A preview of Tuft & Needle's first Amazon-powered store in Seattle.
A preview of Tuft & Needle’s first Amazon-powered store in Seattle.

Tuft & Needle is a success story, growing over the last five years to push a new model of e-commerce that’s upending traditional bedding sellers. Now, it’s heading for the big time with a big expansion of its own brick and mortar stores.

Who does a successful startup call when its making such a big move? Amazon, of course.

Starting with a forthcoming showroom near Amazon’s Seattle home base, Tuft & Needle plans to launch 30 locations across the country by 2020. Each storefront will prominently feature the Amazon logo emblazoned under Tuft & Needle’s own brand—and be stocked with Amazon gadgets to bolster the experience.

Such is life for retailers these days. You’re not going to beat Amazon, so you might as well join ’em.

“We view Amazon as the most powerful force in the future of retail, and instead of resisting it like many other brands, we are fully embracing our relationship with them,” Tuft & Needle co-founder Daehee Park said. “If this works for Tuft & Needle, other retail categories can learn from this experiment to plug into Amazon and overtake their own incumbents.”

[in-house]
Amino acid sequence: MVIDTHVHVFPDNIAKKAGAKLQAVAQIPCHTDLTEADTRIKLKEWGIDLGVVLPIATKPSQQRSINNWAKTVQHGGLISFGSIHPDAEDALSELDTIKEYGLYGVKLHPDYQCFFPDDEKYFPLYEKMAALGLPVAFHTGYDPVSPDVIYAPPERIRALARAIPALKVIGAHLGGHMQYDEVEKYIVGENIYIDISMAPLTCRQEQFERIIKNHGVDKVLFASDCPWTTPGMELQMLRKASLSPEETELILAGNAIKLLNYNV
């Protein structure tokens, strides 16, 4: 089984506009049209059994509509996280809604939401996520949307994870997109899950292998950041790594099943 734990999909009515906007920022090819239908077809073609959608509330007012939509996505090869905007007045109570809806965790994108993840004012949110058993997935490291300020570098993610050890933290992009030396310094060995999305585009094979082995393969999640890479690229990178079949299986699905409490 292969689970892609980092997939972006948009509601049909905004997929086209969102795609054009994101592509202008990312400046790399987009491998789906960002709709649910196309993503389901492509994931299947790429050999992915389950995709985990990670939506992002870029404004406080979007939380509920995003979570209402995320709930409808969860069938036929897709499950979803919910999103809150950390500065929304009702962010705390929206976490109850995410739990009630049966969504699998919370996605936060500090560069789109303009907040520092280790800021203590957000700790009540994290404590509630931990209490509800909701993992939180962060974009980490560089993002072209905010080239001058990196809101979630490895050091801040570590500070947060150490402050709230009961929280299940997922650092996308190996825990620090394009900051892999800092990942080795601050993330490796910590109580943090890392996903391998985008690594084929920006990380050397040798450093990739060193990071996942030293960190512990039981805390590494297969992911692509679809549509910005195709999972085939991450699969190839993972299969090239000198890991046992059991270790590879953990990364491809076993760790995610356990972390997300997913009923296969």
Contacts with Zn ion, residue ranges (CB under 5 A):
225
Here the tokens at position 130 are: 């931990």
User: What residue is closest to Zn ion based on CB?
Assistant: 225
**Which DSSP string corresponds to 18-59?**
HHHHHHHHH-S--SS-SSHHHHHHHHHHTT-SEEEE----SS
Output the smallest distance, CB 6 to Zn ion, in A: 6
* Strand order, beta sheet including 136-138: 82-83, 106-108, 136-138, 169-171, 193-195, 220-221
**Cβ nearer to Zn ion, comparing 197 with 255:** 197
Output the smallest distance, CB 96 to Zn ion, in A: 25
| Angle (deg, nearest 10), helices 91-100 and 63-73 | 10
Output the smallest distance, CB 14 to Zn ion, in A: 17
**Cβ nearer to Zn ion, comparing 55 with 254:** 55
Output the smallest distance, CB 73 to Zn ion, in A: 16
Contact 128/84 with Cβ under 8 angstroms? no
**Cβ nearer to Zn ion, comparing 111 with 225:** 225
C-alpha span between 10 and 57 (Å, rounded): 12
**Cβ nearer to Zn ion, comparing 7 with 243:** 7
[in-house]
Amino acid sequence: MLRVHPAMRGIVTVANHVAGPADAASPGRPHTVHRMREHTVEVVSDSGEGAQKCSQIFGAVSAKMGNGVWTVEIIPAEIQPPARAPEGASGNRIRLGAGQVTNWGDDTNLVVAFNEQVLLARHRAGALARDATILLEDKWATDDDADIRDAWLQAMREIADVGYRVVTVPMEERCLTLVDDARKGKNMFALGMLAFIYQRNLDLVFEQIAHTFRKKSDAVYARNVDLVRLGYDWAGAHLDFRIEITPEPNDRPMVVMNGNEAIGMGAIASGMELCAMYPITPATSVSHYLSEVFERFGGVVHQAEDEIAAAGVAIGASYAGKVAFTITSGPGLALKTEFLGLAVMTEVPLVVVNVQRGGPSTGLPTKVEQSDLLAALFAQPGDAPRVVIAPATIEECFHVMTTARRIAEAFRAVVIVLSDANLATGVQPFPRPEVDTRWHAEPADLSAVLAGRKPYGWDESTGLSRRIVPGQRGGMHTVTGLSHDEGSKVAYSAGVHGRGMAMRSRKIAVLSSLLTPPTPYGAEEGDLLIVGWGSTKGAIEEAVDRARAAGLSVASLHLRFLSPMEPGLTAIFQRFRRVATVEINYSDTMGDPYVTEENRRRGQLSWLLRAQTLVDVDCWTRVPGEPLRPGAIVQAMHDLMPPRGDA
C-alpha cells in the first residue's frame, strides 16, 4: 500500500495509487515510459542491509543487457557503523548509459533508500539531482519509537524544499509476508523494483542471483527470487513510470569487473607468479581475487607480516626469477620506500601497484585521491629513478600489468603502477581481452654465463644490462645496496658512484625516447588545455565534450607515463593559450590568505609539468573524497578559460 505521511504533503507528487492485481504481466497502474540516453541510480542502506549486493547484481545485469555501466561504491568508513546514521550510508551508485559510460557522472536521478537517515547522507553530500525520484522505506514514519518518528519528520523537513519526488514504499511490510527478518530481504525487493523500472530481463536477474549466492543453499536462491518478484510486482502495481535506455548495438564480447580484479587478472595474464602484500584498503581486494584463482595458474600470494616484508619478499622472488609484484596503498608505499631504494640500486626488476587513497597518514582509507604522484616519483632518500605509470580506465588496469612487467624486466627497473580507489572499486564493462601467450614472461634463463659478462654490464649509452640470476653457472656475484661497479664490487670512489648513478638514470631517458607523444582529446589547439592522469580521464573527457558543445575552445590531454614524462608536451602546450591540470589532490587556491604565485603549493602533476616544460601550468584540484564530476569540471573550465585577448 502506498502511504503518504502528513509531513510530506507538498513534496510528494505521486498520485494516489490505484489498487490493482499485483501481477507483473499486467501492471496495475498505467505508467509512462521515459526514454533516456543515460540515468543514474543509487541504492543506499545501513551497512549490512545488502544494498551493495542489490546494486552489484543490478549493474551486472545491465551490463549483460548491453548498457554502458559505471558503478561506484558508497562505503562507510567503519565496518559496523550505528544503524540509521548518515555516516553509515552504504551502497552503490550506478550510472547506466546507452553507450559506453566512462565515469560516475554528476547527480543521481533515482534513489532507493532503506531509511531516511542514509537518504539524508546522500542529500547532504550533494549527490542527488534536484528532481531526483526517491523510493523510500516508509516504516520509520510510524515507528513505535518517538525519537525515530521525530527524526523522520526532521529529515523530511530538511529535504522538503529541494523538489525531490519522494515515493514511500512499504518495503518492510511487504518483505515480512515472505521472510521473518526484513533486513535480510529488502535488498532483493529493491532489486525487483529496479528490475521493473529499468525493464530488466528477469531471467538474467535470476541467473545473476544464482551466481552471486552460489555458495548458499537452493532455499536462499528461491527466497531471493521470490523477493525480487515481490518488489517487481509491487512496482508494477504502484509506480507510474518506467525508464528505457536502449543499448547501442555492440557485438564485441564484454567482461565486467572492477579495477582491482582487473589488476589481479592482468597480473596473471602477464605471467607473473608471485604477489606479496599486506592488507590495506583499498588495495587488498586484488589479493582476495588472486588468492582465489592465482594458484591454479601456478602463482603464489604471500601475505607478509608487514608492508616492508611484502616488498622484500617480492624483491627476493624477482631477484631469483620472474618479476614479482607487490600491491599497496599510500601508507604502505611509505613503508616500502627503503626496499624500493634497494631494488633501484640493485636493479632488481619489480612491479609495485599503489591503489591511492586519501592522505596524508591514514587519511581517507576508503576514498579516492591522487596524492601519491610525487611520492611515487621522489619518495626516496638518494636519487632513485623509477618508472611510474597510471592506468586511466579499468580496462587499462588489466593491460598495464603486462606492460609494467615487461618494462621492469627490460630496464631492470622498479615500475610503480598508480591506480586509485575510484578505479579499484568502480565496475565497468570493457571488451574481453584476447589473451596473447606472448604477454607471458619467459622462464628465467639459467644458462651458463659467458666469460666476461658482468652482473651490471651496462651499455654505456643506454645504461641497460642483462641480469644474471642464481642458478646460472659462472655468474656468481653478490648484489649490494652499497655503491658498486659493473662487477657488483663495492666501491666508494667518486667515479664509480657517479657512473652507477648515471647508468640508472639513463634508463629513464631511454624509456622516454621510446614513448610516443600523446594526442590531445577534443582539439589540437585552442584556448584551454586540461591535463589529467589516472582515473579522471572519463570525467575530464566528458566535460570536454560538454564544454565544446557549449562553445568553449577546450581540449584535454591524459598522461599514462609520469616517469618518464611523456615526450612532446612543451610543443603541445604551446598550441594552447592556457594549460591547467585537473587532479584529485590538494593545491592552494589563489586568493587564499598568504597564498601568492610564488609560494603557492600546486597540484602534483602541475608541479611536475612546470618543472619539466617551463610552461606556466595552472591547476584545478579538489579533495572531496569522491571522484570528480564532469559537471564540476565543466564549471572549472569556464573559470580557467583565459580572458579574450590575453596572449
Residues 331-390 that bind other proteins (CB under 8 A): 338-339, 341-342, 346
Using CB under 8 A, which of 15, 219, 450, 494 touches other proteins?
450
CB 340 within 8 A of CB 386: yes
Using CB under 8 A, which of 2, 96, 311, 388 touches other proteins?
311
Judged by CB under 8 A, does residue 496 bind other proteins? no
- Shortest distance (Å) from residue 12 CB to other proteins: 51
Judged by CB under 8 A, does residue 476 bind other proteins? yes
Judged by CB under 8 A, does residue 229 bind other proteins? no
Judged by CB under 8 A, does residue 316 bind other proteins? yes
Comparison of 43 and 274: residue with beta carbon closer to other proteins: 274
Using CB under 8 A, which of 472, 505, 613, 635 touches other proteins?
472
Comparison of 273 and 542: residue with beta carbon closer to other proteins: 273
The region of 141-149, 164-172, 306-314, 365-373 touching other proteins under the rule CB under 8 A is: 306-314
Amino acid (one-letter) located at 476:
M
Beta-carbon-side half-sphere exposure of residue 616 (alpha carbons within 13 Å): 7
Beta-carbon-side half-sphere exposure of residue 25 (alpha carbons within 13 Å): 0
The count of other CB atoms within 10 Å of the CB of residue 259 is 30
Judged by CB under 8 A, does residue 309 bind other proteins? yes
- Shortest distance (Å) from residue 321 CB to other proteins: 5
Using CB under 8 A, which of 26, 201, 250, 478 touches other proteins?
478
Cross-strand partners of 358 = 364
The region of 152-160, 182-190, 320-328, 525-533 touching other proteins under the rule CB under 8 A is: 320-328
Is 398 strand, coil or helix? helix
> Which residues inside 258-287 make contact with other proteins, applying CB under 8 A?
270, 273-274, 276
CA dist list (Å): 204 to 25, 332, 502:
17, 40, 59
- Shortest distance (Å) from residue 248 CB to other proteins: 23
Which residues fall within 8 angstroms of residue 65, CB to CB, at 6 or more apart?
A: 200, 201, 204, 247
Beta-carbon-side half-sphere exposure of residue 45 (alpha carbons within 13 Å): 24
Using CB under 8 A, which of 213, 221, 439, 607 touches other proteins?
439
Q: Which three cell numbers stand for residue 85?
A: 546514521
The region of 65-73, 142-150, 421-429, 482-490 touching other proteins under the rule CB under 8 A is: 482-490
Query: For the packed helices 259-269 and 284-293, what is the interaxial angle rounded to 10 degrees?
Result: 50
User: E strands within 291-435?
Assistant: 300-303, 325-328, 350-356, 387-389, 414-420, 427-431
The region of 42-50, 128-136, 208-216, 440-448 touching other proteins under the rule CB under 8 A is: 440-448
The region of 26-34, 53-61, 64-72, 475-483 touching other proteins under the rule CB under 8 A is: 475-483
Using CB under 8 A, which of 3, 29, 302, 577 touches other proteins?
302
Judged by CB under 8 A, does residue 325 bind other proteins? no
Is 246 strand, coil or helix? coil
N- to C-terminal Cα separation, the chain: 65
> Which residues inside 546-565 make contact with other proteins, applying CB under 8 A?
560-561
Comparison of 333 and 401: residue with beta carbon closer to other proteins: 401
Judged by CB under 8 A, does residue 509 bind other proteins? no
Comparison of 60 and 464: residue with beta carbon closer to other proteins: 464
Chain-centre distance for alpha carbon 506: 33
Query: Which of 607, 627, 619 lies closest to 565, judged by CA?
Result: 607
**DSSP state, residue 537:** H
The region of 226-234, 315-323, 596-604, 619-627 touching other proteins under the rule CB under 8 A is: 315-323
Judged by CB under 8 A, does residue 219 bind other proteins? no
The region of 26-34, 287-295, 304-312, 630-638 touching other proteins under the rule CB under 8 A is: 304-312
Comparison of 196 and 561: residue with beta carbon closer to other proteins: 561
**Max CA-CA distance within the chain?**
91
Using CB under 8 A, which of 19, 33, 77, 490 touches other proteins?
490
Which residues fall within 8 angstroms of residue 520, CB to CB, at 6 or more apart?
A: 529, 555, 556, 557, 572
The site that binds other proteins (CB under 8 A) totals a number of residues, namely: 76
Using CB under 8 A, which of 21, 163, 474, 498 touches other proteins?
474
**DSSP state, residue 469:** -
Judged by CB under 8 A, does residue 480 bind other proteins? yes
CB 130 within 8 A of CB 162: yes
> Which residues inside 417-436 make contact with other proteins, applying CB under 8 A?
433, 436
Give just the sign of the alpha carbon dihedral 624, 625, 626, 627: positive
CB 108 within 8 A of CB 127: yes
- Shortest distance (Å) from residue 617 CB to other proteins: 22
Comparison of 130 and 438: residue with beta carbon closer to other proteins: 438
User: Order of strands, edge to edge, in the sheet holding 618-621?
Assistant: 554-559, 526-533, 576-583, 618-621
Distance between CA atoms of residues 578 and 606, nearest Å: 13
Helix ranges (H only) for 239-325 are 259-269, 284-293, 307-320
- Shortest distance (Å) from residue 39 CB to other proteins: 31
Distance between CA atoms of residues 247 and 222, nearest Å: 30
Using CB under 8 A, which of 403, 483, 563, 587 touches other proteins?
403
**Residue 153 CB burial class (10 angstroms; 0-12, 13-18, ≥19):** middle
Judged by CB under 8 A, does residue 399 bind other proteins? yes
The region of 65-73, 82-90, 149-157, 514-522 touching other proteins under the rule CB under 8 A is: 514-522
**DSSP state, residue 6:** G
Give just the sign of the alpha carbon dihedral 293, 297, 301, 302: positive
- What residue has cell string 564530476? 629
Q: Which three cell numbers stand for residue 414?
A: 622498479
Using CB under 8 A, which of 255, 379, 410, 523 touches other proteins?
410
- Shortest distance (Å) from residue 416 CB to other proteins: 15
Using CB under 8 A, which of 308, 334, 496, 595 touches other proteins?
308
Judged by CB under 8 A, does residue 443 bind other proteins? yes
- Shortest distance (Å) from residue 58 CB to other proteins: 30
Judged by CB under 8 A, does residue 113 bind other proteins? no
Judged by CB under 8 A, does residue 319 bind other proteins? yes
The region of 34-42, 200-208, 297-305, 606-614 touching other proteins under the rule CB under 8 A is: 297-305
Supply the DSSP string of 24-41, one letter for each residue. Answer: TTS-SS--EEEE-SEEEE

As Amazon’s chokehold on the online shopping world grows, Tuft & Needle is one of several retailers who’ve decided they’d rather work with the e-commerce behemoth than against it. Bigger companies like Nike and Sears have made the same decision in recent weeks, and each of Tuft & Needle’s primary competitors sells through Amazon to some extent.

The joint effort comes as Amazon pushes aggressively into the home furniture category, one of the few remaining consumer markets that has escaped its grasp.

Furniture is one of Amazon's fastest growing sections.

Image: Amazon/screenshot

Furniture is one of Amazon’s fastest growing sections.

These won’t be Tuft & Needle’s first stores. The company launched its three existing locations in Phoenix, Scottsdale, and San Francisco back in 2012. Like many other e-commerce startups, it’s found that brick-and-mortar operations can offer a customer service experience that the web just can’t match.

The need for Amazon’s help, however, comes with everything the ecommerce giant does better than any other company.

The company is betting that Amazon’s own cheap and speedy…